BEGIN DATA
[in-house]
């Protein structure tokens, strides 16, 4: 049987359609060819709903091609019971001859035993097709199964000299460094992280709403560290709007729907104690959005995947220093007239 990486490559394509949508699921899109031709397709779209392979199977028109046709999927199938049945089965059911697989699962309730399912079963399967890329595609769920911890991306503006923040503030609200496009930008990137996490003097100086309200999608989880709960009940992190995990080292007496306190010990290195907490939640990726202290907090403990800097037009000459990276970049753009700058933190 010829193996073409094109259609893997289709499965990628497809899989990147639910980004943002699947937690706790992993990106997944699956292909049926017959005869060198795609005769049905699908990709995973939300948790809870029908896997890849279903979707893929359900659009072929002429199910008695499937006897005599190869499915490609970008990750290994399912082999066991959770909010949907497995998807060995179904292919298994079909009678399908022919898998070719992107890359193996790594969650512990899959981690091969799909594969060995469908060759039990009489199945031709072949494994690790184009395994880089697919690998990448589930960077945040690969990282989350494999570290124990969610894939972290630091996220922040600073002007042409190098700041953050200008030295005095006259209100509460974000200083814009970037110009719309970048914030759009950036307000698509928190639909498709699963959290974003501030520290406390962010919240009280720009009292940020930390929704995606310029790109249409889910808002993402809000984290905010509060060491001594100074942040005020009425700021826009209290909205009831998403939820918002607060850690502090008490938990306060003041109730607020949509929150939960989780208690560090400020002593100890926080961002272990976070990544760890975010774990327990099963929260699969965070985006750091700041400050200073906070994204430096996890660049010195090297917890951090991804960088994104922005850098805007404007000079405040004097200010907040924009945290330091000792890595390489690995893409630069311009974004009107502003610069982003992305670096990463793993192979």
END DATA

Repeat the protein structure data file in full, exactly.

[in-house]
């Protein structure tokens, strides 16, 4: 049987359609060819709903091609019971001859035993097709199964000299460094992280709403560290709007729907104690959005995947220093007239 990486490559394509949508699921899109031709397709779209392979199977028109046709999927199938049945089965059911697989699962309730399912079963399967890329595609769920911890991306503006923040503030609200496009930008990137996490003097100086309200999608989880709960009940992190995990080292007496306190010990290195907490939640990726202290907090403990800097037009000459990276970049753009700058933190 010829193996073409094109259609893997289709499965990628497809899989990147639910980004943002699947937690706790992993990106997944699956292909049926017959005869060198795609005769049905699908990709995973939300948790809870029908896997890849279903979707893929359900659009072929002429199910008695499937006897005599190869499915490609970008990750290994399912082999066991959770909010949907497995998807060995179904292919298994079909009678399908022919898998070719992107890359193996790594969650512990899959981690091969799909594969060995469908060759039990009489199945031709072949494994690790184009395994880089697919690998990448589930960077945040690969990282989350494999570290124990969610894939972290630091996220922040600073002007042409190098700041953050200008030295005095006259209100509460974000200083814009970037110009719309970048914030759009950036307000698509928190639909498709699963959290974003501030520290406390962010919240009280720009009292940020930390929704995606310029790109249409889910808002993402809000984290905010509060060491001594100074942040005020009425700021826009209290909205009831998403939820918002607060850690502090008490938990306060003041109730607020949509929150939960989780208690560090400020002593100890926080961002272990976070990544760890975010774990327990099963929260699969965070985006750091700041400050200073906070994204430096996890660049010195090297917890951090991804960088994104922005850098805007404007000079405040004097200010907040924009945290330091000792890595390489690995893409630069311009974004009107502003610069982003992305670096990463793993192979």